When I started roaming around this Forum, I kept running into the term TDEE. People used it quite a bit, and it seemed to have some relevance. I finally found Carorees 'Forum wiki' post, that defines many of the terms used on the site, including TDEE (thank you Carorees!). (see viewtopic.php?f=1&t=1133)
Quoting - "TDEE = total daily energy expenditure (how many calories you burn in one day and so how much you would need to eat to maintain your weight)".
Then I ran into the Progress Tracker, and it seemed to compute my TDEE for me. Being curious, I also looked for similar calculators on the web, and found several (a good one - http://www.mayoclinic.com/health/calori ... or/NU00598). Strangely, several gave me TDEE numbers quite different than that of the Progress Tracker - usually quite a bit higher. The variations seemed to center around my chosen activity level.
To determine my TDEE, I decided it better to guess at my correct activity level, and then choose the activity level one level below that (if possible). My reasoning was as follows.
First, TDEE is, after all, an estimate. So we are not talking precision here. Second, I know I usually overestimate how much activity I do over any given period of time. And third, I figured that if by underestimating I turned out actually to be right, my estimated weight loss would fall in line with reality (more on this later), but if I was wrong, I would lose more than expected and be much happier for exceeding my weight loss expectations. In effect, I would gain happiness by underestimating my activity level. And I am all for being happy!
So, how does TDEE help explain how 5:2 works?
Let us say you are a female with a TDEE of 2000 calories per day (about average, but everyone's is different) and are starting 5:2. Here is how you can compute your expected weight loss.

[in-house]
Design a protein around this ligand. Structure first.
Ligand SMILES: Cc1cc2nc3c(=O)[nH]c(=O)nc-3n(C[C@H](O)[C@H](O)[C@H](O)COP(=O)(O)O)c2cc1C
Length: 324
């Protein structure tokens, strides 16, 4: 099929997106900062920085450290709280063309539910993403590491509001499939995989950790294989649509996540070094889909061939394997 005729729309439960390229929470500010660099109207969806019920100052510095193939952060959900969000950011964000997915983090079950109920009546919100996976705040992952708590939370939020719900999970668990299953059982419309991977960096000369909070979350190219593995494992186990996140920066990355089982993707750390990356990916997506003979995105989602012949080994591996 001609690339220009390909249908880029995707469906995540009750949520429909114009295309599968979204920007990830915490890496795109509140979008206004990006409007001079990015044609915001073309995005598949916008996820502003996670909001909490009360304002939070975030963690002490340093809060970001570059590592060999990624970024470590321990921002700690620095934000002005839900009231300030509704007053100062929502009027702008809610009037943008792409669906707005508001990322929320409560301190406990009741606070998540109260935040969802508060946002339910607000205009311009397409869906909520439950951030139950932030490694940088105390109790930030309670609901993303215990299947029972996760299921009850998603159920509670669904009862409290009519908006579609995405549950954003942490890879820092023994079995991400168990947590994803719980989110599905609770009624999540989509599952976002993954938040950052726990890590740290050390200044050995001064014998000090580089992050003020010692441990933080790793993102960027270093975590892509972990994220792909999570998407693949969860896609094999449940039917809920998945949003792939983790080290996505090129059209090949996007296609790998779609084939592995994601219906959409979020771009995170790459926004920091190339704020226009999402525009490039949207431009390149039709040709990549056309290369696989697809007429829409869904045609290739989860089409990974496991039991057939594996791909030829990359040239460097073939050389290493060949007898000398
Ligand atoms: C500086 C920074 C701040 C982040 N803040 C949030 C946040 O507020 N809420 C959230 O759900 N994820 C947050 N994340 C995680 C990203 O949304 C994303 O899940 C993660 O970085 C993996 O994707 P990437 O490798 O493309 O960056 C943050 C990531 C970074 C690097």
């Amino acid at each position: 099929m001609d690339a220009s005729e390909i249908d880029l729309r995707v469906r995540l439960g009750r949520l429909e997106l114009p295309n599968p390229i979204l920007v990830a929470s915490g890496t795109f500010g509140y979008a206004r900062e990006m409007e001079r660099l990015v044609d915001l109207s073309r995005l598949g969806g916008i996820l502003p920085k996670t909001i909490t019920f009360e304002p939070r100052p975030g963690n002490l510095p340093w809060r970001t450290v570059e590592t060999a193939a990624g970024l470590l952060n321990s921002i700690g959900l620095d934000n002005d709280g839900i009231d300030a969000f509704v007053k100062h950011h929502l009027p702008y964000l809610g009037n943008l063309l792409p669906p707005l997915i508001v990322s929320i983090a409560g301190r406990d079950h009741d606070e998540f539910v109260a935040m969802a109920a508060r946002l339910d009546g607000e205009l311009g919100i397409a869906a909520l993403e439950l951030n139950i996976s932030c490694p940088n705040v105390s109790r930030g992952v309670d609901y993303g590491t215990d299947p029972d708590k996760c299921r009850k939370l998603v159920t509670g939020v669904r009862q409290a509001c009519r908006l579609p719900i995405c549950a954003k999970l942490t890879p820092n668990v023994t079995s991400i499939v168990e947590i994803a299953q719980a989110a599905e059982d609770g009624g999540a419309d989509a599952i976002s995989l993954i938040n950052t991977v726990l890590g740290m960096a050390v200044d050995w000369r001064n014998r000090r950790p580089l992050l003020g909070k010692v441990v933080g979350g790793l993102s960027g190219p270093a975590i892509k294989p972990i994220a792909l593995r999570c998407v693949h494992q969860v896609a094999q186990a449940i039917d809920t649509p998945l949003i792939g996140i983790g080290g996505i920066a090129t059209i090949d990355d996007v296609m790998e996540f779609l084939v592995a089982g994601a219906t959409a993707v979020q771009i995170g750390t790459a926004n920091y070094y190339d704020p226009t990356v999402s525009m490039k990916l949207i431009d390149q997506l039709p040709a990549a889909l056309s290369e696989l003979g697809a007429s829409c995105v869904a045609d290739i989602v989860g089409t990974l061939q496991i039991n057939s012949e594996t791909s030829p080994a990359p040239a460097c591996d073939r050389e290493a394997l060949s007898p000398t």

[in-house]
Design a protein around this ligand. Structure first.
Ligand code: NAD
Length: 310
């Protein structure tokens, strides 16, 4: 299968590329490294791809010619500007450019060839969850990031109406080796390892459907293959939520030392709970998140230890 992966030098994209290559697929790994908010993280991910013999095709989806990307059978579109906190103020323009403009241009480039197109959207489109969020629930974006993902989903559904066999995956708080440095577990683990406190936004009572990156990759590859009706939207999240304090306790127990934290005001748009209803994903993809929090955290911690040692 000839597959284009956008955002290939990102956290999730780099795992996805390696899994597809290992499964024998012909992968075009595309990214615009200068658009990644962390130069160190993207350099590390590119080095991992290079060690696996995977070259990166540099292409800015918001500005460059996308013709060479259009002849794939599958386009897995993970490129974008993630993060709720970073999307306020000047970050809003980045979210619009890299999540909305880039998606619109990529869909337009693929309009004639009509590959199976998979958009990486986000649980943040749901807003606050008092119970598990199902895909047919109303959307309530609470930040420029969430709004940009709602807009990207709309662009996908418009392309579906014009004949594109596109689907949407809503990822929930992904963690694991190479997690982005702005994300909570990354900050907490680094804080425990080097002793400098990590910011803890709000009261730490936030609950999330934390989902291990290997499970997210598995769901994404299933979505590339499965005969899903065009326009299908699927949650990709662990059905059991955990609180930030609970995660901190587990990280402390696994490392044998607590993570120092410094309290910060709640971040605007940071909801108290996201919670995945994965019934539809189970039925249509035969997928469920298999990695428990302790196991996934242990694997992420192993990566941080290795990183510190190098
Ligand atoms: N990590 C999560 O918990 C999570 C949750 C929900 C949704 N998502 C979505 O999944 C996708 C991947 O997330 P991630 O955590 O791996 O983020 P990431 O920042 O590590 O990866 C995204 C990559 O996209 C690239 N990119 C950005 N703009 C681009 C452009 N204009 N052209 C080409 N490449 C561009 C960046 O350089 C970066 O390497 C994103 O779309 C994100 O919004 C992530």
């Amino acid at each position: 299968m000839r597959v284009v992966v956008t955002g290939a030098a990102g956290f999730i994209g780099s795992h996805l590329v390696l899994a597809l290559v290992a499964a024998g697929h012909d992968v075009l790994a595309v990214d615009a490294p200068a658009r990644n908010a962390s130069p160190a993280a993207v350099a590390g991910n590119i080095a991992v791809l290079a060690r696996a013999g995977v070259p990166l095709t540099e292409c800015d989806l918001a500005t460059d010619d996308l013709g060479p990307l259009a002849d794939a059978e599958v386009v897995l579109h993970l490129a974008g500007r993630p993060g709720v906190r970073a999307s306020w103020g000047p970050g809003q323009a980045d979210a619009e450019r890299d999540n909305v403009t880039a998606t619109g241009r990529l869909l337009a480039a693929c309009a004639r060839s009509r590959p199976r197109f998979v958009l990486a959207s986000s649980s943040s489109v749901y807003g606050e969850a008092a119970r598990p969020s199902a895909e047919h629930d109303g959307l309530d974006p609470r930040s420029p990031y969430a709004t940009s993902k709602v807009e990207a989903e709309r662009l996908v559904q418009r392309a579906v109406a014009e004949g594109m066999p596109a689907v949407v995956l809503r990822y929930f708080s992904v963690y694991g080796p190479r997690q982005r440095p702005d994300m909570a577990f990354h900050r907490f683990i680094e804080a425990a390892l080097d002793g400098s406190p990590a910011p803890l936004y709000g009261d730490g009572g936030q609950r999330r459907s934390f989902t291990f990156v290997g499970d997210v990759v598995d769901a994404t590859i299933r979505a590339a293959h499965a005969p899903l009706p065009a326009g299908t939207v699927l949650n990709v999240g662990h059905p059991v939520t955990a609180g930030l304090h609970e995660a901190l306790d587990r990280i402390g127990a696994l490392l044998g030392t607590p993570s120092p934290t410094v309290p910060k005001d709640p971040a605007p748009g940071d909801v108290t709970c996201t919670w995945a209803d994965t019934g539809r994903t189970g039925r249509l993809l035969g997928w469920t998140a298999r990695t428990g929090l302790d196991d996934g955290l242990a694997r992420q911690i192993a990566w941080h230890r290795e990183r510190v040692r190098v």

For two days a week, you will eat only 500 calories, thus cutting 3000 calories out of your diet for the week (2000 - 500 = 1500 calories cut in each of two days). As there are around 3500 calories in a pound, you might expect to lose about 14 ounces for the week (3000 cut from diet divided by 3500 in a pound times 16 ounces in a pound equals 14 ounces, rounded). These numbers tend to explain a lot.
First, they explain why the average weight loss is around a pound a week under 5:2.
Second, they explain why men lose faster than women - because on average a man's TDEE is 2400 calories per day (men often are bigger). So when they eat 600, they are cutting out 1800 calories from their diet and thus losing more each week than a woman cutting out 1500 calories.
Third, they explain why so many people following 5:2 try to speed things up. 14 ounces a week is pretty slow. Several typical attempts to speed things up include going to 4:3 (adding another fast day and deleting another 1500 calories from the week - this adds an additional 7 ounces of loss for the week), or not eating any calories on fast days (liquid fasting) - this cuts 1000 additional calories out, or produces a 5 ounce additional loss. Some people try to increase their calorie usage by exercising (trying to increase their TDEE). And, if they walk 25 miles each week, they will indeed burn an additional 3500 calories, thus upping their weekly loss to 30 ounces.
(As an aside, if you are really in a hurry you can simply not eat for a week, something this Forum rightfully shuns. But if you run the numbers, at most you will cut 14,000 cal. out of your diet, or 4 pounds worth - lest you really think you lost 4 or more pounds of fat weight after your first week of 5:2.)
Now, all of the above assumes that on your five feast days, you are eating 2000 calories per day on average. If you are eating more than your TDEE on average each week, your weight loss will be less than expected. If you are eating less, your weight loss will be more. This explains why many people doing 5:2 experiment with dieting on top of the 5:2 way of eating as a way of speeding up their weight loss (ie. follow the Atkins diet on their 5 feast days). This also explains why people that think 5:2 means you fast for two days and then can eat as much of whatever you want for the remaining 5 are usually quite unhappy and complain they are not losing weight.
Finally, all of these antiseptic numbers work with the background of normal fluid retention and dehydration in the body, either of which can overwhelm (or artificially supplement) any weight loss that is measured in ounces per week.
So, there we have it, TDEE in an (unscientific) nutshell. I guess all I can say is if you are having the results you want, ignore TDEE. If not, accurately determine your TDEE, insure your fast day calories do not exceed 5/600 and count calories on feast days to see if they average your TDEE or below. That will probably identify the problem. Otherwise
It really does work over time.